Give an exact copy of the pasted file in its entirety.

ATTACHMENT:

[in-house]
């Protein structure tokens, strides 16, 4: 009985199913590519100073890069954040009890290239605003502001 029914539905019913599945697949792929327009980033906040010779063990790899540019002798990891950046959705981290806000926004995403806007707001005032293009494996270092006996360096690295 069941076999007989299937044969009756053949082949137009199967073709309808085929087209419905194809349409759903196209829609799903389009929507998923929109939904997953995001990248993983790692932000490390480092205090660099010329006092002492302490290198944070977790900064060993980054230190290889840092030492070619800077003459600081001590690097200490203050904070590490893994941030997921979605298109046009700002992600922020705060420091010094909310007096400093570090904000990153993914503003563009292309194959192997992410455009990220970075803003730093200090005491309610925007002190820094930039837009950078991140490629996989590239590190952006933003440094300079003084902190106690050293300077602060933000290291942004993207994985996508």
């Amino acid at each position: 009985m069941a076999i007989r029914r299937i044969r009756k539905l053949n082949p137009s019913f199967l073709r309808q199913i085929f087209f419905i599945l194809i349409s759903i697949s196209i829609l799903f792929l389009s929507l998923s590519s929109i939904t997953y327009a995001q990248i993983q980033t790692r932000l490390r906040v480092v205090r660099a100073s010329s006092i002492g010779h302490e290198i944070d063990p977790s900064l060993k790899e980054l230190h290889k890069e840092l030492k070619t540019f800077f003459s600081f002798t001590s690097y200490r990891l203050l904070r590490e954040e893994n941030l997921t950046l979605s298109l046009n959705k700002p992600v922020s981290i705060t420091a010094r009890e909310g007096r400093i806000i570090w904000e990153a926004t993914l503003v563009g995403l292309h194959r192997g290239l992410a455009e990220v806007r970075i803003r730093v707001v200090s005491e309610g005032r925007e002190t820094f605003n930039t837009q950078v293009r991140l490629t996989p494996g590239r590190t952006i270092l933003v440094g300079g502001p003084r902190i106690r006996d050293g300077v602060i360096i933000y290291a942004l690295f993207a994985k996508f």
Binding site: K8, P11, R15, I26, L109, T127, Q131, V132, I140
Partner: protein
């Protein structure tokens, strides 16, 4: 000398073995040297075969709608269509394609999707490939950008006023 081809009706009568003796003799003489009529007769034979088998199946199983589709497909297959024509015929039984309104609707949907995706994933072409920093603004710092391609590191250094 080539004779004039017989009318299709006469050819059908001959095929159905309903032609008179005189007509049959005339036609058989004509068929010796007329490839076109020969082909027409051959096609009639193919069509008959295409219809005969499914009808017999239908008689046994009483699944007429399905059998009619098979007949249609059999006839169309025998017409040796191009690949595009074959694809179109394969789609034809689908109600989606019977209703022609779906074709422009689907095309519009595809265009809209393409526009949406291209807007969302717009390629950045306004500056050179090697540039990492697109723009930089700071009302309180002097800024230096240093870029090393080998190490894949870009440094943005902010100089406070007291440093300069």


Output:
[in-house]
């Protein structure tokens, strides 16, 4: 009985199913590519100073890069954040009890290239605003502001 029914539905019913599945697949792929327009980033906040010779063990790899540019002798990891950046959705981290806000926004995403806007707001005032293009494996270092006996360096690295 069941076999007989299937044969009756053949082949137009199967073709309808085929087209419905194809349409759903196209829609799903389009929507998923929109939904997953995001990248993983790692932000490390480092205090660099010329006092002492302490290198944070977790900064060993980054230190290889840092030492070619800077003459600081001590690097200490203050904070590490893994941030997921979605298109046009700002992600922020705060420091010094909310007096400093570090904000990153993914503003563009292309194959192997992410455009990220970075803003730093200090005491309610925007002190820094930039837009950078991140490629996989590239590190952006933003440094300079003084902190106690050293300077602060933000290291942004993207994985996508």
């Amino acid at each position: 009985m069941a076999i007989r029914r299937i044969r009756k539905l053949n082949p137009s019913f199967l073709r309808q199913i085929f087209f419905i599945l194809i349409s759903i697949s196209i829609l799903f792929l389009s929507l998923s590519s929109i939904t997953y327009a995001q990248i993983q980033t790692r932000l490390r906040v480092v205090r660099a100073s010329s006092i002492g010779h302490e290198i944070d063990p977790s900064l060993k790899e980054l230190h290889k890069e840092l030492k070619t540019f800077f003459s600081f002798t001590s690097y200490r990891l203050l904070r590490e954040e893994n941030l997921t950046l979605s298109l046009n959705k700002p992600v922020s981290i705060t420091a010094r009890e909310g007096r400093i806000i570090w904000e990153a926004t993914l503003v563009g995403l292309h194959r192997g290239l992410a455009e990220v806007r970075i803003r730093v707001v200090s005491e309610g005032r925007e002190t820094f605003n930039t837009q950078v293009r991140l490629t996989p494996g590239r590190t952006i270092l933003v440094g300079g502001p003084r902190i106690r006996d050293g300077v602060i360096i933000y290291a942004l690295f993207a994985k996508f």
Binding site: K8, P11, R15, I26, L109, T127, Q131, V132, I140
Partner: protein
């Protein structure tokens, strides 16, 4: 000398073995040297075969709608269509394609999707490939950008006023 081809009706009568003796003799003489009529007769034979088998199946199983589709497909297959024509015929039984309104609707949907995706994933072409920093603004710092391609590191250094 080539004779004039017989009318299709006469050819059908001959095929159905309903032609008179005189007509049959005339036609058989004509068929010796007329490839076109020969082909027409051959096609009639193919069509008959295409219809005969499914009808017999239908008689046994009483699944007429399905059998009619098979007949249609059999006839169309025998017409040796191009690949595009074959694809179109394969789609034809689908109600989606019977209703022609779906074709422009689907095309519009595809265009809209393409526009949406291209807007969302717009390629950045306004500056050179090697540039990492697109723009930089700071009302309180002097800024230096240093870029090393080998190490894949870009440094943005902010100089406070007291440093300069």